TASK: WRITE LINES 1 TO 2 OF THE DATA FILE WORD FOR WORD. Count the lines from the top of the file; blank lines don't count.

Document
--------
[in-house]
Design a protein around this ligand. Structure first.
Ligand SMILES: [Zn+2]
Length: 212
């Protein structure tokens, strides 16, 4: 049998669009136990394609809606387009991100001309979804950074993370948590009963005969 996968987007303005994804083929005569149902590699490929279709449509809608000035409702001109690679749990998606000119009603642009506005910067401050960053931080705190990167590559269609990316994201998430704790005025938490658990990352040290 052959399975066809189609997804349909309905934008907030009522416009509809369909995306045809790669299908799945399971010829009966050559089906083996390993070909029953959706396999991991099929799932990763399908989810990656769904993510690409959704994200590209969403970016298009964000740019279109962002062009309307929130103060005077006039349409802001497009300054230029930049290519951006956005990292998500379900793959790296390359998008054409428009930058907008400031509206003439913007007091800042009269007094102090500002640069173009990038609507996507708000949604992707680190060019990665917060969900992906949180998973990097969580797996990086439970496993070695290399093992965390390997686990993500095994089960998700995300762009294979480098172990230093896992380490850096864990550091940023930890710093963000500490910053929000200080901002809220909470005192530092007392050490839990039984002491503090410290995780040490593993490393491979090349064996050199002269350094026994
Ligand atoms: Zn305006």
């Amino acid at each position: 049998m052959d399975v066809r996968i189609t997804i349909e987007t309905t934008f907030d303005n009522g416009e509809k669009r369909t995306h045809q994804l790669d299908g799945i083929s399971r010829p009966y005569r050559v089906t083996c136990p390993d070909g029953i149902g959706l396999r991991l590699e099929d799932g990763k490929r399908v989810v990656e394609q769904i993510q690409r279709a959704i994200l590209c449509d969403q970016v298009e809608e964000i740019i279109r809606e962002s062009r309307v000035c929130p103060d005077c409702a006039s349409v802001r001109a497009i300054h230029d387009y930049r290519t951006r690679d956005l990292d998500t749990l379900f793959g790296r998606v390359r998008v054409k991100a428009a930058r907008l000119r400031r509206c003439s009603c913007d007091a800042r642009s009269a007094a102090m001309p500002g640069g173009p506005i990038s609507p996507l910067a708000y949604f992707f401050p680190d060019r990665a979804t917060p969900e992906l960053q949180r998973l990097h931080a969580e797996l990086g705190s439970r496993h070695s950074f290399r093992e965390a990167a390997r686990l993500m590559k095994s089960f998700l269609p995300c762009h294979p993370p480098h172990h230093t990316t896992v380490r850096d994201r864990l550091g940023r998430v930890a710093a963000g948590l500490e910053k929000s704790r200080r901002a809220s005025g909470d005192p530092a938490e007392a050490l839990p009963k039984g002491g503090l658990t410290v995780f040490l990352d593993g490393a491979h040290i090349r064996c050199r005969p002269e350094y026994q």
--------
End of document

[in-house]
Design a protein around this ligand. Structure first.